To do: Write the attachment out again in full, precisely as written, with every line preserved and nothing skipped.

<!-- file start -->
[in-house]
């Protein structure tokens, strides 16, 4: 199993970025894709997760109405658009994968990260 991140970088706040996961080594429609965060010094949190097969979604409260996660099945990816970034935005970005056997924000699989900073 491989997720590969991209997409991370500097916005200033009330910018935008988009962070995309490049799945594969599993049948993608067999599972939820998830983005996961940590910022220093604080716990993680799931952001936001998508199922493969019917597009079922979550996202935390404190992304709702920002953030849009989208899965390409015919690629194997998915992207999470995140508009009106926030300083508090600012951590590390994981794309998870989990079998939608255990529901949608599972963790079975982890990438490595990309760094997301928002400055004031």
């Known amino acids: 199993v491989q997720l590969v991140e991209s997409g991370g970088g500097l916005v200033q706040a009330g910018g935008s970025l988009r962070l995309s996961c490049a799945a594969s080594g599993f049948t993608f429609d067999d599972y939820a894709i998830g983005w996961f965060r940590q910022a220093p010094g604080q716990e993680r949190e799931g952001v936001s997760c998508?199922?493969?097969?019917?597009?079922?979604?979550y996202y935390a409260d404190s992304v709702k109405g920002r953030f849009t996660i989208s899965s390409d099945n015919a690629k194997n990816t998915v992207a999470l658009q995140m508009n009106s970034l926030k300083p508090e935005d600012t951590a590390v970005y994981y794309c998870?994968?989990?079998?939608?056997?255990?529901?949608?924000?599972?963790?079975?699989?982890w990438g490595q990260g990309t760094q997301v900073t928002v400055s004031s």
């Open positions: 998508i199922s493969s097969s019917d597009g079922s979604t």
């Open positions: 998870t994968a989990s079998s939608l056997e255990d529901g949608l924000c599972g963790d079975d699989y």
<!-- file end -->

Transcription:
[in-house]
């Protein structure tokens, strides 16, 4: 199993970025894709997760109405658009994968990260 991140970088706040996961080594429609965060010094949190097969979604409260996660099945990816970034935005970005056997924000699989900073 491989997720590969991209997409991370500097916005200033009330910018935008988009962070995309490049799945594969599993049948993608067999599972939820998830983005996961940590910022220093604080716990993680799931952001936001998508199922493969019917597009079922979550996202935390404190992304709702920002953030849009989208899965390409015919690629194997998915992207999470995140508009009106926030300083508090600012951590590390994981794309998870989990079998939608255990529901949608599972963790079975982890990438490595990309760094997301928002400055004031």
């Known amino acids: 199993v491989q997720l590969v991140e991209s997409g991370g970088g500097l916005v200033q706040a009330g910018g935008s970025l988009r962070l995309s996961c490049a799945a594969s080594g599993f049948t993608f429609d067999d599972y939820a894709i998830g983005w996961f965060r940590q910022a220093p010094g604080q716990e993680r949190e799931g952001v936001s997760c998508?199922?493969?097969?019917?597009?079922?979604?979550y996202y935390a409260d404190s992304v709702k109405g920002r953030f849009t996660i989208s899965s390409d099945n015919a690629k194997n990816t998915v992207a999470l658009q995140m508009n009106s970034l926030k300083p508090e935005d600012t951590a590390v970005y994981y794309c998870?994968?989990?079998?939608?056997?255990?529901?949608?924000?599972?963790?079975?699989?982890w990438g490595q990260g990309t760094q997301v900073t928002v400055s004031s």
């Open positions: 998508i199922s493969s097969s019917d597009g079922s979604t």
């Open positions: 998870t994968a989990s079998s939608l056997e255990d529901g949608l924000c599972g963790d079975d699989y």